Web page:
Emilia Theatre Show Review
By Jake Freeman
Now performing at The Playhouse at Arts Centre Melbourne is a feminist retelling of Emilia, inspired by the life and times of the 17th-century poet and writer Emilia Bassano. Born in Bishopsgate, London in 1569 to Royal Court musicians and of Moroccan and Jewish heritage, Emilia was a highly ambitious, “feisty” lady from an early age and for her time. Bassano had sought to be an independent woman and make a living as a professional poet and writer at a time when it was still highly unusual for an English woman to publish and earn a living. Up until that point, only a handful of British women had been professional poets. Emilia finally accomplished this by publishing a collection of poetry called Salve Deus Rex Judaeorum (Hail, God, King of the Jews) in 1611. It was a ground-breaking piece of literature; it was viewed by many as one of the earliest. If not the first, feminist works published in England.
Most famously, she has often been seen as the inspiration for many of the characters of Shakespeare’s plays and sonnets, and in some cases, her first or last name or some variation of it is either a character or location name, such as Emilia in Othello and Bassanio in The Merchant of Venice. Generations of academics, writers, musicians, and poets have expressed views that Emilia was The Dark Lady, a woman described in some of Shakespeare’s most critically acclaimed sonnets (sonnets 127–152). Some have speculated that the two had been lovers. Others have speculated that Emilia was not only the inspiration for, but had written all of Shakespeare’s plays and had not received any credit for it as alluded to in the play. No evidence has been found to support this claim.
In 2018, Bassano’s life story was made into a play, produced by Morgan Lloyd Malcolm in London, simply called Emilia. It is a “modern retelling mock history” theatre production, with a strong feminist message. Since it debuted it has already caused a stir with its audience and won a fistful of awards, including three Laurence Olivier Awards.
“It’s Hamilton meets Shakespeare,” said Sonya Suares, actor, and co-producer of the play during an interview, describing it as “a fierce feminine trailblazer.” It even performed at the Shakespeare’s Globe, a modern reconstruction of the Globe Theatre. Ironically, during Shakespeare’s time, women could not perform in plays and thus were portrayed by men in female attire. It was somewhat amusing to witness the reverse of that in this all-female cast play, with a very diverse list of secondary players, some of whom were non-binary, people of colour and short stature.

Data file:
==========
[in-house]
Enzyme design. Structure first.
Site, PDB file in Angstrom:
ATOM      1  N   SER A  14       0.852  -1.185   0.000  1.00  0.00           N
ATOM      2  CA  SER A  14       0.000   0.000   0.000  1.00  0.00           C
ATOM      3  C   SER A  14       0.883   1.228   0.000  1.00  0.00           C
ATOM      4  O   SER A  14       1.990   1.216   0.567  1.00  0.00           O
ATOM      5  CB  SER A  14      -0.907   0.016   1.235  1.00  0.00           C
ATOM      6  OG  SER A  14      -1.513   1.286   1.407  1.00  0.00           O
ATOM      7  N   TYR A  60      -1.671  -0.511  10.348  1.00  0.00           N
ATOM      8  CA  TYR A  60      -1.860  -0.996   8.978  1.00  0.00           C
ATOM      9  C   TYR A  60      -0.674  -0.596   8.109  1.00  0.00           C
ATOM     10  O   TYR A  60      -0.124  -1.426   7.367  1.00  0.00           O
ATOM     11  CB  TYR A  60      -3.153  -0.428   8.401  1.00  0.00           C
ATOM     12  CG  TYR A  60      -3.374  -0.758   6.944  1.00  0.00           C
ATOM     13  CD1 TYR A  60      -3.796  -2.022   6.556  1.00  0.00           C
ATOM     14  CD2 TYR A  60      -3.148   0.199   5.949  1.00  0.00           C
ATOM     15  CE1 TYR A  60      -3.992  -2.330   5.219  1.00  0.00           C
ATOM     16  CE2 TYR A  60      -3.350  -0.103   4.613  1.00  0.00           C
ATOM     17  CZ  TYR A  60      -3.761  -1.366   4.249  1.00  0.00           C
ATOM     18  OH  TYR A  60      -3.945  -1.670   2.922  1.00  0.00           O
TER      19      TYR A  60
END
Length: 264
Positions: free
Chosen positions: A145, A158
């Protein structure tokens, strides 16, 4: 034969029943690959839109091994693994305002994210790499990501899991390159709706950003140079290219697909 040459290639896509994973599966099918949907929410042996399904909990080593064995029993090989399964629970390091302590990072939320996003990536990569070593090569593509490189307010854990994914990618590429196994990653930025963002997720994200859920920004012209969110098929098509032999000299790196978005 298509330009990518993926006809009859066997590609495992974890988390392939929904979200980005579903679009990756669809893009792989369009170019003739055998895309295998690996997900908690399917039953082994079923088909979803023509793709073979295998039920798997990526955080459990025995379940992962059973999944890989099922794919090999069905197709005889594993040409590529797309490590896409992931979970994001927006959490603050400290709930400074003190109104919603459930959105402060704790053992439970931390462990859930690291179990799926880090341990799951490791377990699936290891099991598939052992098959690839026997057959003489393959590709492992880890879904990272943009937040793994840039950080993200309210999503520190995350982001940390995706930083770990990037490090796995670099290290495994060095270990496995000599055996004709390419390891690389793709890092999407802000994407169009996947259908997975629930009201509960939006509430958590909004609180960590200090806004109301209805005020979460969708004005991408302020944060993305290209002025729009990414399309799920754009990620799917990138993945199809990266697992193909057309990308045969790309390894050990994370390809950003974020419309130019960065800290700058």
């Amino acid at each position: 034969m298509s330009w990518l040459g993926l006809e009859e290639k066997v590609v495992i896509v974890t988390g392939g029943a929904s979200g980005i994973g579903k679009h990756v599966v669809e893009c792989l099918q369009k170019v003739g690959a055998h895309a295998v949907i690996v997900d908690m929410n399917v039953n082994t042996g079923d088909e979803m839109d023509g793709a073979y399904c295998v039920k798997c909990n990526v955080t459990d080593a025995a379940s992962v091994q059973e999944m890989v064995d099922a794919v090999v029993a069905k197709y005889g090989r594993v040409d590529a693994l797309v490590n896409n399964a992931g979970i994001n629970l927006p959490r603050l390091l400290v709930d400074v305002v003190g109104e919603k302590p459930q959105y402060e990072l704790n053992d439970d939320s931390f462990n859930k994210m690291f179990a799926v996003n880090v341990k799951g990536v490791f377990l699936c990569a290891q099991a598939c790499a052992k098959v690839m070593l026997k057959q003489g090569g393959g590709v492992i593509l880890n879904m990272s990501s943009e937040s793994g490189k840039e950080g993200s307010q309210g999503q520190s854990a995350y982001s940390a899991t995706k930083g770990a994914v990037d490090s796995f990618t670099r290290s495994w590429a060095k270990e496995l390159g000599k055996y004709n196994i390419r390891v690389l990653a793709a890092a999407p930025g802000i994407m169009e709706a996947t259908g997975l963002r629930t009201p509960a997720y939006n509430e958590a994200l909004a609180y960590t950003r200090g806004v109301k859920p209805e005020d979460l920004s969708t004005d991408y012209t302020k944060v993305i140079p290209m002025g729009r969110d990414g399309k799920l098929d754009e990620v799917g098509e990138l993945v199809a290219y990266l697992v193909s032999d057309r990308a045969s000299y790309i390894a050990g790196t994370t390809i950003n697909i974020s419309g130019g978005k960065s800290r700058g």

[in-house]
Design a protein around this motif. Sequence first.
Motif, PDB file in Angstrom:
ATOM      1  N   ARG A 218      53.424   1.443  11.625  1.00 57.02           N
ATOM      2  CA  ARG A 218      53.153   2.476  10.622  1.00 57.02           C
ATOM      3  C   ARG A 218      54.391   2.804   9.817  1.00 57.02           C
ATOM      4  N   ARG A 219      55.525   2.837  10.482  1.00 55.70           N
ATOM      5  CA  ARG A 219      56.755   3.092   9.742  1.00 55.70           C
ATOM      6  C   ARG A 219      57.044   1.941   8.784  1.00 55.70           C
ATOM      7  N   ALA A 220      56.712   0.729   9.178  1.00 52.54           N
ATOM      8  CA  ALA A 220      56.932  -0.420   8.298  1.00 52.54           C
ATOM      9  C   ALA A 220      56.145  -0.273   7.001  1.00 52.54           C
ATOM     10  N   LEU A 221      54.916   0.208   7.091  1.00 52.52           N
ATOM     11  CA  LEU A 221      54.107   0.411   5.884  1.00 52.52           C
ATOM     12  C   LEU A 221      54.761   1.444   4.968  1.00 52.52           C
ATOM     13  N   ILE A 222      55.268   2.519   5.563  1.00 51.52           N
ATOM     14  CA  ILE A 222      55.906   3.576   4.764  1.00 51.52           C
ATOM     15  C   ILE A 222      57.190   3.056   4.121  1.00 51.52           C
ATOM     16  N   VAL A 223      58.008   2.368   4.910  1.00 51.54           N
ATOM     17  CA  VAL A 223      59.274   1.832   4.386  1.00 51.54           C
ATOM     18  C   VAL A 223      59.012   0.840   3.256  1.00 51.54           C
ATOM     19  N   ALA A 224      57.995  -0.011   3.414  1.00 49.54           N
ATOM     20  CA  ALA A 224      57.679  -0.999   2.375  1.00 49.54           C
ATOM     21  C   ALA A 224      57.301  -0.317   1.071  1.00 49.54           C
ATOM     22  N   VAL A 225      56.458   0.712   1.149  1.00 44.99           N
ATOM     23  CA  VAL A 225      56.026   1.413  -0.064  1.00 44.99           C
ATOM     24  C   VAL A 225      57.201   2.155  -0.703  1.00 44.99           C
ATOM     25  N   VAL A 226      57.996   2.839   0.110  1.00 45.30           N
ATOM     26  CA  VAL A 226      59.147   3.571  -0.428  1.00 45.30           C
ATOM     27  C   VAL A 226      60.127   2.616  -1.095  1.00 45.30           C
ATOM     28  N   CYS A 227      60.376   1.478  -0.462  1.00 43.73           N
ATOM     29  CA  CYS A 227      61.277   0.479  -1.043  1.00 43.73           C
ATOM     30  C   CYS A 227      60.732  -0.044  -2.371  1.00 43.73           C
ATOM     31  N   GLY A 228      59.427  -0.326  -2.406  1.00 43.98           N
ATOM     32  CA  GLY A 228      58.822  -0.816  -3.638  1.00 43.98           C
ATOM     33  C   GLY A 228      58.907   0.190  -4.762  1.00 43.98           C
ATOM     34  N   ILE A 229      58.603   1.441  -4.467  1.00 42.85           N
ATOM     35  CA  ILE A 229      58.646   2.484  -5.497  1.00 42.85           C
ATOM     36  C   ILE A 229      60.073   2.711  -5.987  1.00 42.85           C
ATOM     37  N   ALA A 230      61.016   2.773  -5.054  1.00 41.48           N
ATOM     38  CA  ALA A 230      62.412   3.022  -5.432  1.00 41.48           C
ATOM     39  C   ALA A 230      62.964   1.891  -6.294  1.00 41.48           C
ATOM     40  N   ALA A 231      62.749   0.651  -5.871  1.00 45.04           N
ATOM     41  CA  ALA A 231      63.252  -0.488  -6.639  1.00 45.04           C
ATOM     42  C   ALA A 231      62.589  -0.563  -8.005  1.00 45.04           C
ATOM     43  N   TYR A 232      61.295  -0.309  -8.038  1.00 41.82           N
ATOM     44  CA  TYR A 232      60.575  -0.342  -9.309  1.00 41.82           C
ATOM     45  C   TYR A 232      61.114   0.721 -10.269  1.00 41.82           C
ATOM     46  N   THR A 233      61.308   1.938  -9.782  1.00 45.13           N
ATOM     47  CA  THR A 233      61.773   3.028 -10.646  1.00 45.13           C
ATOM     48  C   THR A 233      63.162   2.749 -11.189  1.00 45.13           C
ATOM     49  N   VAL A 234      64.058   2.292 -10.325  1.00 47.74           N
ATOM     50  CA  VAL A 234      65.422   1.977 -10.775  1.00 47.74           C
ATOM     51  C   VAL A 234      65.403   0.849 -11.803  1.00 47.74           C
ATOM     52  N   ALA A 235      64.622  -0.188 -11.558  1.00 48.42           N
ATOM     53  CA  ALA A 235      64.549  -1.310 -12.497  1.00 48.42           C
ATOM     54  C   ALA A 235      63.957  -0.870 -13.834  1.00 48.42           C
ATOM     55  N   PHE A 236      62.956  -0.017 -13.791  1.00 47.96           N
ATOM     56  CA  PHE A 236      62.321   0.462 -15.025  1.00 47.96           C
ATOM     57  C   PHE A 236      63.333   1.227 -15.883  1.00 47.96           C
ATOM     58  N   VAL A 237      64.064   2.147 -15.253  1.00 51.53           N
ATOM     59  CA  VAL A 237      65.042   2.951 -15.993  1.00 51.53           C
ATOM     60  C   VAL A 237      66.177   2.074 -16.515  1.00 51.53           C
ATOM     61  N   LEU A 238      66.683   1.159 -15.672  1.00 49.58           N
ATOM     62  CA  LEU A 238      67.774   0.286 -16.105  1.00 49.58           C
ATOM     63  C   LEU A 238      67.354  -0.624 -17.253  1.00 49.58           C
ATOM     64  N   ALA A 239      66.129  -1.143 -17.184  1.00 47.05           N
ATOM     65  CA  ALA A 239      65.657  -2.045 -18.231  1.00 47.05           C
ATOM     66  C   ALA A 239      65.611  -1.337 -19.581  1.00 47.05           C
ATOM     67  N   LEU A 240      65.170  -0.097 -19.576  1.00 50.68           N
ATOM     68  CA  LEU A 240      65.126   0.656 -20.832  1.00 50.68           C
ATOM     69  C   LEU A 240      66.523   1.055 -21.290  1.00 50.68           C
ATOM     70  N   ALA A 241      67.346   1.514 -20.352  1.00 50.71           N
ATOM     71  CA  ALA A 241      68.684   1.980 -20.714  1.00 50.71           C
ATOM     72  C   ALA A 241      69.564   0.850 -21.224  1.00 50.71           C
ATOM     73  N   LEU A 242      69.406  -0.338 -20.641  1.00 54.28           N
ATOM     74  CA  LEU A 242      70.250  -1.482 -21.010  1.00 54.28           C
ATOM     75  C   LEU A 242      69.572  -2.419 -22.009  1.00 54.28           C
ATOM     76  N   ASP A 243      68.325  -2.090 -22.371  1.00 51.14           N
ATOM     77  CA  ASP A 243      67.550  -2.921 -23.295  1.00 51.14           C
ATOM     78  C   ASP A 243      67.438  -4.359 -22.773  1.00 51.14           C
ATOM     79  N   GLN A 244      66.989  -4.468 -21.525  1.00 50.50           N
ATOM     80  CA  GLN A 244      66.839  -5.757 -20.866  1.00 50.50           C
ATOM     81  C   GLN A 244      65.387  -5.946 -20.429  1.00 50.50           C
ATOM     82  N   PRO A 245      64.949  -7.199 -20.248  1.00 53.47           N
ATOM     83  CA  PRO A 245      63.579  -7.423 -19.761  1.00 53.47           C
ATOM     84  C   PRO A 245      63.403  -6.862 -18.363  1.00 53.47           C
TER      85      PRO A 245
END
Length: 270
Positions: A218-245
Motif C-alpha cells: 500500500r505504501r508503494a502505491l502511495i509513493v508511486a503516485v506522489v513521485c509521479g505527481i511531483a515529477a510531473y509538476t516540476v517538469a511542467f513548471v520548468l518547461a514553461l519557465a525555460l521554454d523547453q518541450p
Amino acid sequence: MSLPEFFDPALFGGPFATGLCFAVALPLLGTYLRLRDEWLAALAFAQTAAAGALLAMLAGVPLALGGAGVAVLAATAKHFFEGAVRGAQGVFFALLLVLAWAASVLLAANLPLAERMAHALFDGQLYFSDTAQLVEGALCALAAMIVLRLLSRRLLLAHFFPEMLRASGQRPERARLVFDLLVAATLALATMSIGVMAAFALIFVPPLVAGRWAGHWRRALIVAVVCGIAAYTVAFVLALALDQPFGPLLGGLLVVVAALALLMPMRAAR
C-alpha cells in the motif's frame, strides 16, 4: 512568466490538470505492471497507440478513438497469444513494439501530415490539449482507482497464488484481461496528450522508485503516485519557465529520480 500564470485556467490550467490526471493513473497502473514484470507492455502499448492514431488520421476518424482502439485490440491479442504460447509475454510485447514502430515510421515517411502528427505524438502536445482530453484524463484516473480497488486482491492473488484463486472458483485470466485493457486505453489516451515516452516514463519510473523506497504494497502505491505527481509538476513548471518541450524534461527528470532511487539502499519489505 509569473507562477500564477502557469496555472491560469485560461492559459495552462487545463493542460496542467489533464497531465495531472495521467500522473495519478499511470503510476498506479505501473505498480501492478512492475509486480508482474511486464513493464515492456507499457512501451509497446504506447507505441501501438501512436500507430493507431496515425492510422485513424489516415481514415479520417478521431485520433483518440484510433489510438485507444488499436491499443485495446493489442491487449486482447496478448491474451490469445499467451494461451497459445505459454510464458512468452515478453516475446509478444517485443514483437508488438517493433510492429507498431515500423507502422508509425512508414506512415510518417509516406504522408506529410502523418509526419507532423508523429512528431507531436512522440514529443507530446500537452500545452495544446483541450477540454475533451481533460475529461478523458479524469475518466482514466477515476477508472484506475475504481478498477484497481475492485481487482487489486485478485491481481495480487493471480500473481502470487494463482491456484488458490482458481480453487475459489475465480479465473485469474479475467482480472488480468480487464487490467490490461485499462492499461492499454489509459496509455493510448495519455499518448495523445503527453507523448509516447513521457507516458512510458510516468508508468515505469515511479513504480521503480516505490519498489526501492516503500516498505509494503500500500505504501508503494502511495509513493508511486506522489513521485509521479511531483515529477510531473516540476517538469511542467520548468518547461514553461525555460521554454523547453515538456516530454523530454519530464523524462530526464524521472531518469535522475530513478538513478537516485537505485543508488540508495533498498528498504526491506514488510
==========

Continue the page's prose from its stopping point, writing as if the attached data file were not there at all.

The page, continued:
It was interesting to see what impact the show would have here in Australia, especially in this post #MeToo era and just months after the historic turning over of the Roe vs Wade case in the U.S.A.
Audience members including celebrities such as Sammy J, Marina Prior, and Nadine Garner took to their seats at the intimate Playhouse Theatre on its opening night last Friday.
Three actresses portray Emilia at various stages of her life beginning with Manali Datar as a young child to a teen in the Royal Court in the mid-1500s, Cessalee Stovall plays the middle-aged Emilia who tries to publish her poetry against the resistance of the many men in her life. Lisa Maza acts as both the eldest of the three Emilia’s and as the main narrator of the show who delivered a rousing and powerful monologue in the final scene.
All three women portraying Emilia were brilliant and complimented each other. All had perfect stage presence and gave a moving performance in particular Manali Datar.
The detail of having all three Emilia’s dressed in the same colour was performed well with having sometimes one or all three Emilia’s on stage together. The production was able to carry its story with minimal sets and props. The stage was a basic layout with some chairs on either side, a movable staircase with some props that created the illusion of a house or the royal court and finally several layers of curtains.
While Emilia, will resonate most strongly within the feminist community, it is still witty, surprisingly entertaining, and enjoyable enough that there is no reason for it not to reach a wider audience.
Emilia is directed by Petra Kalive and co-produced by Amanda LaBonté, Sophie Lampel, Darylin Ramondo & Sonya Suares.
Emilia is now playing for a limited season until 27 November 2022 at The Playhouse, which is located within Arts Centre Melbourne at 100 St Kilda Road, a short walk from Flinders Street Station.
There are two post-show Q&A sessions immediately following the shows on 17 and 24 November (both Thursdays). There’s also an Auslan-interpreted performance on Saturday 26 November.
The show’s runtime is 2 hours 30 minutes, including a 20-minute interval. It contains strong adult themes and some coarse language and is only suitable for mature audiences.
To buy tickets to the show, go to – www.artscentremelbourne.com.au/whats-on/2022/theatre/emilia